We’ve seen some surprises on both sides of this rivalry game and it’s not hard to think we could be in for another close, fun second half based on how these two teams played the first two quarters. Whoever manages to make halftime adjustments will likely emerge victorious but both teams are very much in this game to the dismay of the home crowd.

Love quiet as Stanford leads Cal at the half

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Stanford is halfway to keeping its namesake Axe. The Cardinal leads Cal 10-6 at the break in Palo Alto.

Stanford broke a 3-3 tie by moving 70 yards in 10 plays, the last 17 on a K.J. Costello pass to Kaden Smith. Costello hit 11-of-20 passes for 131 yards with a touchdown and an interception on the final play of the half.

Cal moved inside the Stanford red zone with a chance to tie, but the drive stalled at the 9-yard line and Matt Anderson booted a 26-yard field goal to pull the Bears within 10-6 with 2:43 left in the half.

On a night when he could win some points back in the Heisman race, Bryce Love has carried just six times for 17 yards.

Cal will receive to open the second half.

Report: Virginia’s Bronco Mendenhall a person of interest in Oregon State coach search

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This is an intriguing potential development.

With Gary Andersen abruptly and unexpectedly stepping down earlier this season, Oregon State finds itself on the hunt for a new head football coach.  On the same day the Beavers fell to 1-10 on the lost season, a new name surfaced as a reported possibility: Virginia head coach Bronco Mendenhall.

At least, according to John Canzano of The Oregonian, who lists Mendenhall as a person of interest in the search.  Canzano writes that Mendenhall “interviewed for the job in 2014 and was the runner-up when Andersen was hired,” then goes on to put him on OSU’s short list, along with Cal offensive coordinator Beau Baldwin.

Mendenhall, should he decide to jump ship, certainly has ties to that area of the country — and to the university.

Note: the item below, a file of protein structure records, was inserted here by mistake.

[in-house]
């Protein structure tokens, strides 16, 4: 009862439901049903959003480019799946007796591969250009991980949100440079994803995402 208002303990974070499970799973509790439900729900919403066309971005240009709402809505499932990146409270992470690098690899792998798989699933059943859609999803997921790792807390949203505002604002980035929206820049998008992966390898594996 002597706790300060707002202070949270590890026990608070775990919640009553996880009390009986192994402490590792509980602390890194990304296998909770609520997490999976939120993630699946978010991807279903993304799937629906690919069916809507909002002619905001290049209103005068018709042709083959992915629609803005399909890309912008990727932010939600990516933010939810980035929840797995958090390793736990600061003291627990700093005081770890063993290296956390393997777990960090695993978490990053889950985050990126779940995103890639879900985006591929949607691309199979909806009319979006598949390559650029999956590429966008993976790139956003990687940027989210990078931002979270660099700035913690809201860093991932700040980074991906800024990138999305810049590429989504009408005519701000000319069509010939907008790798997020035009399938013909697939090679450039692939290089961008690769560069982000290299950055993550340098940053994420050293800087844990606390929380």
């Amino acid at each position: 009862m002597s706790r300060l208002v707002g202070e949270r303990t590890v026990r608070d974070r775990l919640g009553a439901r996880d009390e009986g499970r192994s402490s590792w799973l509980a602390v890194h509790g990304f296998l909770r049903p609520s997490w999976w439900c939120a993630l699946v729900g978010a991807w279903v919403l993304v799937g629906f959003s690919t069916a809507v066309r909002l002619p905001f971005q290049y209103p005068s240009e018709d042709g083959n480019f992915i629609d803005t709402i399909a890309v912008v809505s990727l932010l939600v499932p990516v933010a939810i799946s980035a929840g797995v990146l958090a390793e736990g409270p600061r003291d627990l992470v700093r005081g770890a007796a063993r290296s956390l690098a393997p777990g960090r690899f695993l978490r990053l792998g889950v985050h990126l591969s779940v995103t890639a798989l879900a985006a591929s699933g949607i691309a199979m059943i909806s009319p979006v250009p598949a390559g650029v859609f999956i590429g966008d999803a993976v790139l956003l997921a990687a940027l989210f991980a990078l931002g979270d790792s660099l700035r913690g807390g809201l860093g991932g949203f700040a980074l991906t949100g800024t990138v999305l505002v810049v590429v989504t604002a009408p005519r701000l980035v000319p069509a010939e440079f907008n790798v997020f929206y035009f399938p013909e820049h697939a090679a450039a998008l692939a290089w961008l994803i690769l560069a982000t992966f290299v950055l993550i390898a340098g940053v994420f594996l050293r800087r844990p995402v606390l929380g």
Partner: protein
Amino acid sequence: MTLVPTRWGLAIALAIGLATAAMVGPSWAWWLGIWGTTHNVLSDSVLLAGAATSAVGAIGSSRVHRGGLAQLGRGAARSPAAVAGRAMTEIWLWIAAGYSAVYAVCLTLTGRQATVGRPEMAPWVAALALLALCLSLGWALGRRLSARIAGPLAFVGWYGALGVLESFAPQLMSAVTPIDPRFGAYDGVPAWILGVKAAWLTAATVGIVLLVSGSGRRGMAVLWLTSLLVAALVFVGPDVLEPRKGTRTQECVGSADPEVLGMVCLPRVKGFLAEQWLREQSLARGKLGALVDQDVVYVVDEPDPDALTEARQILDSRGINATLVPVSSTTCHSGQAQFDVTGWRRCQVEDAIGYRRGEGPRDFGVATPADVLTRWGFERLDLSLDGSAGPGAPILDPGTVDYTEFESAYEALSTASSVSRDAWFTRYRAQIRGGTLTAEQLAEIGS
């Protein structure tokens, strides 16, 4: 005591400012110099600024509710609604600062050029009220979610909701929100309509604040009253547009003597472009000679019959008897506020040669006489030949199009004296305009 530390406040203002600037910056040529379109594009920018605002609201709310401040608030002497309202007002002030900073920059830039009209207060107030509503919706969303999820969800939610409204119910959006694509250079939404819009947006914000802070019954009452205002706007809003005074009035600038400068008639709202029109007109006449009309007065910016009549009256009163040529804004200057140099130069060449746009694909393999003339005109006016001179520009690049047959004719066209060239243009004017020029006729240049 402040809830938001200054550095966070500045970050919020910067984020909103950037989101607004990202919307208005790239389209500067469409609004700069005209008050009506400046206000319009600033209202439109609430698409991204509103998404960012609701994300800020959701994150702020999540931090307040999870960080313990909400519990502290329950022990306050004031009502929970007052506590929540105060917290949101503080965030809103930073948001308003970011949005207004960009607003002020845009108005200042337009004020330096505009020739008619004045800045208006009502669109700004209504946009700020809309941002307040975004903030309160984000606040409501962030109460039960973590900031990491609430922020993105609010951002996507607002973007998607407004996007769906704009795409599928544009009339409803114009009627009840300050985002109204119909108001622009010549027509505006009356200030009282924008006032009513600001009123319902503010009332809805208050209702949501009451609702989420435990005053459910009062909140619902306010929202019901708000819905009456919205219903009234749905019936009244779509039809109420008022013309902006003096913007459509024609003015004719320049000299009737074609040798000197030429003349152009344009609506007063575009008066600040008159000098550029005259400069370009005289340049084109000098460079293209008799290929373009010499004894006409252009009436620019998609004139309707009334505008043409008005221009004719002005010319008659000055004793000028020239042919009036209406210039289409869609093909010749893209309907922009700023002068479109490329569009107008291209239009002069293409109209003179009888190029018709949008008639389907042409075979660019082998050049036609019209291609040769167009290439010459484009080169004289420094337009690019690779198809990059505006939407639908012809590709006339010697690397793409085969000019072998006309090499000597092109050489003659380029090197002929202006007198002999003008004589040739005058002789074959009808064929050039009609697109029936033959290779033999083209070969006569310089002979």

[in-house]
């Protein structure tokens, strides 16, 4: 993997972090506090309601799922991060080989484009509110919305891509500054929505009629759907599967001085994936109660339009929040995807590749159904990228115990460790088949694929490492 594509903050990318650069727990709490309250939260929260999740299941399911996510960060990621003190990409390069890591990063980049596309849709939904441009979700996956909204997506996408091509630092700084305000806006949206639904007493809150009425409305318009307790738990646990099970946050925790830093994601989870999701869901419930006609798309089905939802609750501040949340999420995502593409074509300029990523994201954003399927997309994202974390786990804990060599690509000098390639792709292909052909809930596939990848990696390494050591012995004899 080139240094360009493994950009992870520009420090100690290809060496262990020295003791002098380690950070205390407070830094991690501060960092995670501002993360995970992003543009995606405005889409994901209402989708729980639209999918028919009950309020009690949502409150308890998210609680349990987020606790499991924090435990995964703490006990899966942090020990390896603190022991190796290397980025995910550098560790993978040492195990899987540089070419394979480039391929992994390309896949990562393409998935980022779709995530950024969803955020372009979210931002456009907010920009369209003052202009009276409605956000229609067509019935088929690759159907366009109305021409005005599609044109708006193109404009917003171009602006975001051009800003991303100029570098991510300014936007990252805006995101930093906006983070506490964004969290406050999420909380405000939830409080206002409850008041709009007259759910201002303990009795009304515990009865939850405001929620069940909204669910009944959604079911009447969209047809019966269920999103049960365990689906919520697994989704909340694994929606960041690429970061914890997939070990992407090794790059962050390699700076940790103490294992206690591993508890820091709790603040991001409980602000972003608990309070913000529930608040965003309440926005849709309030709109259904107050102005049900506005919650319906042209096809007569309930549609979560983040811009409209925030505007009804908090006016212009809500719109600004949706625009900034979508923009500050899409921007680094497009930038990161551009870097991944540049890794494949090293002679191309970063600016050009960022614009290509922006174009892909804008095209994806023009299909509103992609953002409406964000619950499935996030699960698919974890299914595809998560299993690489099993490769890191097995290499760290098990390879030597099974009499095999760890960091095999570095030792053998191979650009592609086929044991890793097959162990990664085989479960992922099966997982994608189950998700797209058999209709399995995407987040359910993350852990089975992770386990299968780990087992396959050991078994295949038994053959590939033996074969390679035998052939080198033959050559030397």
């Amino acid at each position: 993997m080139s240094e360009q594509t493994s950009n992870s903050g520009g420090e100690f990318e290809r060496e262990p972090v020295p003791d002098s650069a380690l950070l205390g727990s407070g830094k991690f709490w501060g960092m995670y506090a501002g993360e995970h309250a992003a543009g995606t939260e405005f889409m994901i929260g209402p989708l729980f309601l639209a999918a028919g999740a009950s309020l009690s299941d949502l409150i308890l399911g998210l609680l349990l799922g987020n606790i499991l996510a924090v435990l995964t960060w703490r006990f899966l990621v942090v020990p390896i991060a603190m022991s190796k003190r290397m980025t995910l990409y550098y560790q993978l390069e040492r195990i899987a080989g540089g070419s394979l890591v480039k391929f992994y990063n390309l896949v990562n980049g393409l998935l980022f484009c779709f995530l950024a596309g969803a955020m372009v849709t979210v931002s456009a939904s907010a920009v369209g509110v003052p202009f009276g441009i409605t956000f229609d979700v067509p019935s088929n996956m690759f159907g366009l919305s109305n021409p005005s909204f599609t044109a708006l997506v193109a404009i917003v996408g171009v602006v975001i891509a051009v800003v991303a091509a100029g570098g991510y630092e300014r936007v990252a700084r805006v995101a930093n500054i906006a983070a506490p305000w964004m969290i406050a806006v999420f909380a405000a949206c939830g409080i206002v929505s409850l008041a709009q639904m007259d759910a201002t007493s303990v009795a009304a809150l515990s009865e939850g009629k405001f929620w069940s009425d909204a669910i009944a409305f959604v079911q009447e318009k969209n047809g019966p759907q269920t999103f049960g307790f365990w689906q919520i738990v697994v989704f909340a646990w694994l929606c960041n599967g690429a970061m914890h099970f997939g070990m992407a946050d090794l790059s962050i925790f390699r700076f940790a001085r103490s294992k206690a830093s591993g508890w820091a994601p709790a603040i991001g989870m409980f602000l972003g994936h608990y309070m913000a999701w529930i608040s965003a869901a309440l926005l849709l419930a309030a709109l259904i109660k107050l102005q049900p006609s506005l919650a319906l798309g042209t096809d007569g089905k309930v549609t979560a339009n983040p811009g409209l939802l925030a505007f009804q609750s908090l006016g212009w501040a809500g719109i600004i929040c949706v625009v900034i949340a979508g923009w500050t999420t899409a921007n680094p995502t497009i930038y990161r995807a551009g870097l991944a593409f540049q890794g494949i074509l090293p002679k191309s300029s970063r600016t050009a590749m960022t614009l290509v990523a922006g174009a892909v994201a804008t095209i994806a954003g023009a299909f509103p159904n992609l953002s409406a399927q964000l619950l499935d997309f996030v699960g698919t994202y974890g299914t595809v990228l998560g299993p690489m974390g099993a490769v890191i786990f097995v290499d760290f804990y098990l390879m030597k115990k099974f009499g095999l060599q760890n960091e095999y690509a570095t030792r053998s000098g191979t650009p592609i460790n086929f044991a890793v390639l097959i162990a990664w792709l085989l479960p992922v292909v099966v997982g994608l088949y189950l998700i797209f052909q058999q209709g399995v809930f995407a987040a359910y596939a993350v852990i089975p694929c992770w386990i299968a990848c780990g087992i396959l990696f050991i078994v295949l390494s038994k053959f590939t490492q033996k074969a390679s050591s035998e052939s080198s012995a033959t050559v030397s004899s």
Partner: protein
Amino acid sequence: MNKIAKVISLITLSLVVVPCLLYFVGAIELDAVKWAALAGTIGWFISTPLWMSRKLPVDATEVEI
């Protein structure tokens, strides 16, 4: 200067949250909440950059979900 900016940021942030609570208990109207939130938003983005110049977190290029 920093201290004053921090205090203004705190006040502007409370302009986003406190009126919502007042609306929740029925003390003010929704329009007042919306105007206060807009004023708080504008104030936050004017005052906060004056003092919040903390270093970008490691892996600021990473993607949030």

Born in Utah, Mendenhall began his collegiate playing career at an in-state junior college before transferring to, you guessed it, OSU for his last two years of eligibility.  He then began his coaching career with the Beavers as a graduate assistant and defensive line coach in 1989-90.  He then returned to his alma mater in 1995 as line coach, spending the following season as defensive coordinator and cornerbacks coach.  Nearly a decade later, he became the head coach at BYU, spending 11 seasons with that program before abruptly leaving for the Virginia job after the 2015 season.

After going 99-43 with the Cougars, and after a 2-10 first season in Charlottesville, Mendenhall has the Cavaliers bowl-eligible for the first time since 2011.

Tennessee fumbles its way to a halftime deficit vs. LSU

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If only Marquez Callaway could catch a punt. Callaway’s two fumbled punts handed LSU 10 of its 17 points as Tennessee trails 17-10 at the half at a windy, rainy Neyland Stadium.

Callaway’s first fumble came at his own 15 yard line, which LSU’s Russell Gage hopped on. The Tigers gained only two yards on the ensuing possession, but it was enough to allow Connor Culp to knock through a 30-yard field goal.

Tennessee answered with a 14-play, 53-yard drive that killed over half a quarter. The 7-minute, 39-second march ended at the LSU 27-yard line, allowing Aaron Medley to tie the game with a 45-yard boot with 13:59 left in the second quarter.

LSU’s offense went three-and-out again, but Callaway again fumbled the ensuing punt, which Michael Divinity, Jr. grabbed at the Tennessee 19. LSU’s offense capitalized this time, as Darrel Williams rushed in from 10 yards out to put the Tigers up 10-3 with 11:31 left in the frame. 

Tennessee strung together another double-digit play drive that ended at nearly the exact same spot as the previous one — this one was the 28 — but swirling winds pushed Medley’s 46-yard field goal (far, far) wide left.

But as the weather picked up, both offenses came alive.

LSU closed the half by putting up its first self-made points of the night. The Tigers needed only 28 seconds to move 61 yards as Danny Etling hit Derrick Dillon for a 12-yard completion, Williams rushed for 36 yards and Etling carried for a 13-yard touchdown with 2:08 left in the first half. Etling conected on 8-of-12 passes for 50 yards, and Williams led all rushers with 50 yards on three carries. Derrius Guice mustered only four carries for 10 yards.

The Vols struck back after LSU’s score, moving 75 yards in four plays and 45 seconds. Jarrett Guarantano hit Callaway for consecutive long passes, one for 26 yards and another for 46, which Callaway caught through pass interference and turned into a touchdown with 1:23 left in the first half.

hit 10-of-12 passes for 144 yards, and John Kelly led the Vols with 17 carries for 29 yards.

A 53-yard Culp field goal clanged off the right upright as time expired.

Tennessee will receive to open the second half.